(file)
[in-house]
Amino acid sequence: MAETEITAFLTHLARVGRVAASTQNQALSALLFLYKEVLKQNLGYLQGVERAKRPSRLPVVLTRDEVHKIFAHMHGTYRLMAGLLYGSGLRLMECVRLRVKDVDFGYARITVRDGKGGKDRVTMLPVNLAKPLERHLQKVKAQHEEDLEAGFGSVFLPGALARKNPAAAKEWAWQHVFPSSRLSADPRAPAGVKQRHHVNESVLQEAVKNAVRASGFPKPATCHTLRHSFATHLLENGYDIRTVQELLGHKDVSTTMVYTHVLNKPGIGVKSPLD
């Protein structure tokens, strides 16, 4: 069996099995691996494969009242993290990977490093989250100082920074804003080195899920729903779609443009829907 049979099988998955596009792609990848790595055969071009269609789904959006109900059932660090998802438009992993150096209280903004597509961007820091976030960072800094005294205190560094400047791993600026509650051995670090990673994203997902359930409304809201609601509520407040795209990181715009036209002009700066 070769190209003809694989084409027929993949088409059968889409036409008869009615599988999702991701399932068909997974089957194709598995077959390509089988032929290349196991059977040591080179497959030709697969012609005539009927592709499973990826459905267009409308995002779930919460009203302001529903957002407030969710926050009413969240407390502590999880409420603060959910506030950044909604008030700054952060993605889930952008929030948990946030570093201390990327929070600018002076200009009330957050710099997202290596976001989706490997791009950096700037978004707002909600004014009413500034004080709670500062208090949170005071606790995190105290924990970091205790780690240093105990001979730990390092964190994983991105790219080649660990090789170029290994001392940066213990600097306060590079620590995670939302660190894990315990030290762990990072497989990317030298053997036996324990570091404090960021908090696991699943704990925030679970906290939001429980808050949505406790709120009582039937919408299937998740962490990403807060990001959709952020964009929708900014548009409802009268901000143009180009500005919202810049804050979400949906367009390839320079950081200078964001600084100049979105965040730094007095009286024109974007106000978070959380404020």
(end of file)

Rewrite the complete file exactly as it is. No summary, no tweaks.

[in-house]
Amino acid sequence: MAETEITAFLTHLARVGRVAASTQNQALSALLFLYKEVLKQNLGYLQGVERAKRPSRLPVVLTRDEVHKIFAHMHGTYRLMAGLLYGSGLRLMECVRLRVKDVDFGYARITVRDGKGGKDRVTMLPVNLAKPLERHLQKVKAQHEEDLEAGFGSVFLPGALARKNPAAAKEWAWQHVFPSSRLSADPRAPAGVKQRHHVNESVLQEAVKNAVRASGFPKPATCHTLRHSFATHLLENGYDIRTVQELLGHKDVSTTMVYTHVLNKPGIGVKSPLD
């Protein structure tokens, strides 16, 4: 069996099995691996494969009242993290990977490093989250100082920074804003080195899920729903779609443009829907 049979099988998955596009792609990848790595055969071009269609789904959006109900059932660090998802438009992993150096209280903004597509961007820091976030960072800094005294205190560094400047791993600026509650051995670090990673994203997902359930409304809201609601509520407040795209990181715009036209002009700066 070769190209003809694989084409027929993949088409059968889409036409008869009615599988999702991701399932068909997974089957194709598995077959390509089988032929290349196991059977040591080179497959030709697969012609005539009927592709499973990826459905267009409308995002779930919460009203302001529903957002407030969710926050009413969240407390502590999880409420603060959910506030950044909604008030700054952060993605889930952008929030948990946030570093201390990327929070600018002076200009009330957050710099997202290596976001989706490997791009950096700037978004707002909600004014009413500034004080709670500062208090949170005071606790995190105290924990970091205790780690240093105990001979730990390092964190994983991105790219080649660990090789170029290994001392940066213990600097306060590079620590995670939302660190894990315990030290762990990072497989990317030298053997036996324990570091404090960021908090696991699943704990925030679970906290939001429980808050949505406790709120009582039937919408299937998740962490990403807060990001959709952020964009929708900014548009409802009268901000143009180009500005919202810049804050979400949906367009390839320079950081200078964001600084100049979105965040730094007095009286024109974007106000978070959380404020």